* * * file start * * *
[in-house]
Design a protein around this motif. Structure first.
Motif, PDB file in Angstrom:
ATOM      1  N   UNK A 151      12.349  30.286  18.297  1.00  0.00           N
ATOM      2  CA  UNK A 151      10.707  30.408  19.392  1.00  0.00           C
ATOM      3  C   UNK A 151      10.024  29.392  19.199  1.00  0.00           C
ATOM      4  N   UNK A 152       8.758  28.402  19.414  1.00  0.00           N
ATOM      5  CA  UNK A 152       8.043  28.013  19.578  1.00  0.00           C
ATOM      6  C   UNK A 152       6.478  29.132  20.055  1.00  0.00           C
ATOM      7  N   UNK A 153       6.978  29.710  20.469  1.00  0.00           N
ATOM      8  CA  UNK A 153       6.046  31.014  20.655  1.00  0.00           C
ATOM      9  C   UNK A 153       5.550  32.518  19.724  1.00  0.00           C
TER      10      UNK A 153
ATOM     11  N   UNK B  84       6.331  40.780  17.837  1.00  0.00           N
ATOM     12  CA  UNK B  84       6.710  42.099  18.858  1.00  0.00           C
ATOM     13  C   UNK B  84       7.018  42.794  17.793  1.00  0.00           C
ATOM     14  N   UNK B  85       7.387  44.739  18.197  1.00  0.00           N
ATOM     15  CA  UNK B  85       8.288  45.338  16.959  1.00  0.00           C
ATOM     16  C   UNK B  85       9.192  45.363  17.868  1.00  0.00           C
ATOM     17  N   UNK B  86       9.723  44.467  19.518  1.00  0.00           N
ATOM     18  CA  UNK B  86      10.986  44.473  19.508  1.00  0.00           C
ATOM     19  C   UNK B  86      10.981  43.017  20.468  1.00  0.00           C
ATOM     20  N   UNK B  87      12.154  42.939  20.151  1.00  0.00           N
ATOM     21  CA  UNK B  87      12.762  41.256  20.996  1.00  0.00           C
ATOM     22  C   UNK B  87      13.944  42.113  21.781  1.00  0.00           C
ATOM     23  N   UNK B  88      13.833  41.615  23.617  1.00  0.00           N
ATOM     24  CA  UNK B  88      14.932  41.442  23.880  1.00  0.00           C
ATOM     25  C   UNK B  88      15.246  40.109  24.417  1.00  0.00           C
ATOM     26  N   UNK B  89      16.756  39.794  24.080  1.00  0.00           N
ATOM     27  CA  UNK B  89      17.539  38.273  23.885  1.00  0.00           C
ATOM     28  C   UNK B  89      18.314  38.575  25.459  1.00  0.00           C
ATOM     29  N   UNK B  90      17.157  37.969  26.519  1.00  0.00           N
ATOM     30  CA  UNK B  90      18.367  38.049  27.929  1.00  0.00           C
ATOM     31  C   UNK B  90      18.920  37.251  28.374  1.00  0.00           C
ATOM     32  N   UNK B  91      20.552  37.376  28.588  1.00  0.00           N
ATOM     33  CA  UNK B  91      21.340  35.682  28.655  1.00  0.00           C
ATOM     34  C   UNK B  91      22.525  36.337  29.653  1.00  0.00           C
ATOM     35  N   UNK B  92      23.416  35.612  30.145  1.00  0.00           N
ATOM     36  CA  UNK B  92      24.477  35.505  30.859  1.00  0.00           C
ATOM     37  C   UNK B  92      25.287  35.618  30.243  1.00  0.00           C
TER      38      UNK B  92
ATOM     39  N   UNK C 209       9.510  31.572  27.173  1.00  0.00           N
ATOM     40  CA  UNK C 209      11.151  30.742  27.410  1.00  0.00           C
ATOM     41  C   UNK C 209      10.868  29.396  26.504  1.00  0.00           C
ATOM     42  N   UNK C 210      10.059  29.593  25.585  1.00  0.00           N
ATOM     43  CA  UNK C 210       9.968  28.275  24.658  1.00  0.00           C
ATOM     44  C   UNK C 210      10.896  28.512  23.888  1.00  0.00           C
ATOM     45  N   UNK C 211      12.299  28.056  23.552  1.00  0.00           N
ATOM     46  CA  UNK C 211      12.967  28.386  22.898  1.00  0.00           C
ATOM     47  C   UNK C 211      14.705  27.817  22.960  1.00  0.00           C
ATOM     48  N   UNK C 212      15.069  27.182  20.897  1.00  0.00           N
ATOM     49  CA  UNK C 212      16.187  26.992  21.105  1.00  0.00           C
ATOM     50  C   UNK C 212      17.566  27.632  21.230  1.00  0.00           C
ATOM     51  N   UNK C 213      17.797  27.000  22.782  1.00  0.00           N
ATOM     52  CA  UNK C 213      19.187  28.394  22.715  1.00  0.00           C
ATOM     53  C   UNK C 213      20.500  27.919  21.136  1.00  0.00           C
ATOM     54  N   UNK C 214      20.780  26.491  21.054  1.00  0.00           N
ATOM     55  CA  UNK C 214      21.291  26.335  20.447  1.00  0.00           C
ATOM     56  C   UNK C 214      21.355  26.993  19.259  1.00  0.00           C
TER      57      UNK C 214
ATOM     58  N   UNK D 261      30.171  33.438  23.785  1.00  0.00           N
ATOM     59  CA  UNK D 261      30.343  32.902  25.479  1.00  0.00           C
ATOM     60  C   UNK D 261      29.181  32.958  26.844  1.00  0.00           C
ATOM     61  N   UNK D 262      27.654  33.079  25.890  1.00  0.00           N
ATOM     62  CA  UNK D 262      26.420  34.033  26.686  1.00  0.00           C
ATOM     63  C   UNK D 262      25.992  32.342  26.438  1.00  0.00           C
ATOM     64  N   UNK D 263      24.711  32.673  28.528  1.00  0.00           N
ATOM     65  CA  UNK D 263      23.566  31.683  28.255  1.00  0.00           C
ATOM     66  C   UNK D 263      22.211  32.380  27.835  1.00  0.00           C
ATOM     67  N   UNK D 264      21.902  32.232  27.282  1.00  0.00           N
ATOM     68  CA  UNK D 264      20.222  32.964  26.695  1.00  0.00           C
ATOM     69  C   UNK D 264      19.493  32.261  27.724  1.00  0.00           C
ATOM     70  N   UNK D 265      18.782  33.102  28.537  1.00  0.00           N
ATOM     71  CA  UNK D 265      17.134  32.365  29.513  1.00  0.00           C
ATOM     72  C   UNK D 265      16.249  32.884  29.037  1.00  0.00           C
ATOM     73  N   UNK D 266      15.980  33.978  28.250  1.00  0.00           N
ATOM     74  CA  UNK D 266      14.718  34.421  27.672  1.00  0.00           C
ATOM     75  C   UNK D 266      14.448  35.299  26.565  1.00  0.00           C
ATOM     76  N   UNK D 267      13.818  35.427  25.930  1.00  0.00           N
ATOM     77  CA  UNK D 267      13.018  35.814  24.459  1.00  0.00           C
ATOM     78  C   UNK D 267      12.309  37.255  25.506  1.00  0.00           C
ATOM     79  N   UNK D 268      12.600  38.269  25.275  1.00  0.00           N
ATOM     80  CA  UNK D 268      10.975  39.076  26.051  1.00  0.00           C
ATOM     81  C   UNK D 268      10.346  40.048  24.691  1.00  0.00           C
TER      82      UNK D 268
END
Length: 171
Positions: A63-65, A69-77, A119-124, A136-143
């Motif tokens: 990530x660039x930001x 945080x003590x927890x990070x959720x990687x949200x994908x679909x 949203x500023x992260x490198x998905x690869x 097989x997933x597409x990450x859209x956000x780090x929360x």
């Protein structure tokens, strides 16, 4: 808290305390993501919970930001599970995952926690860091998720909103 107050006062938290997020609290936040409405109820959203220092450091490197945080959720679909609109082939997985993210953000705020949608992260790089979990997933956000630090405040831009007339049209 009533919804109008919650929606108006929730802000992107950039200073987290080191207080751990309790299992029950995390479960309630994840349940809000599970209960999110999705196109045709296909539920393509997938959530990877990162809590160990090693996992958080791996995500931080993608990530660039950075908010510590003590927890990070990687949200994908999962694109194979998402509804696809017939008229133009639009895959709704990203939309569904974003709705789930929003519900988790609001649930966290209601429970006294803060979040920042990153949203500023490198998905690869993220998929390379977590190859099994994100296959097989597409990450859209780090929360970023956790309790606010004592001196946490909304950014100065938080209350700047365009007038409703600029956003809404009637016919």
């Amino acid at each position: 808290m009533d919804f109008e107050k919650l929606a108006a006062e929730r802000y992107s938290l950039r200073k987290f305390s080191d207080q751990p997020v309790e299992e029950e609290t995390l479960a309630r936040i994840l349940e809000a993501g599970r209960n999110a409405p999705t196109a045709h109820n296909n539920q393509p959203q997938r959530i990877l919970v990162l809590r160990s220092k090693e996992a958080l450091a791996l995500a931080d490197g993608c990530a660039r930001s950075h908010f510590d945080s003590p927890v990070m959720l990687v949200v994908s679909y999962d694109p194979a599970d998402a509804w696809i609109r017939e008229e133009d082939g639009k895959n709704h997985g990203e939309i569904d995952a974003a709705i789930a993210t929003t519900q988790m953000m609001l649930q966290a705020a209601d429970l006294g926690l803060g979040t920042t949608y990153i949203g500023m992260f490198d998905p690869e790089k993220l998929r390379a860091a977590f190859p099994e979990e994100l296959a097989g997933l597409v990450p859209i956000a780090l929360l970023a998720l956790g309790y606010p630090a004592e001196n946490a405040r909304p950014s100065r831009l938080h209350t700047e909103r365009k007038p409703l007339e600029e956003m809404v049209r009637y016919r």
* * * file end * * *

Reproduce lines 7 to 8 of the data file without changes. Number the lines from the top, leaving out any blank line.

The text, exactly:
ATOM      4  N   UNK A 152       8.758  28.402  19.414  1.00  0.00           N
ATOM      5  CA  UNK A 152       8.043  28.013  19.578  1.00  0.00           C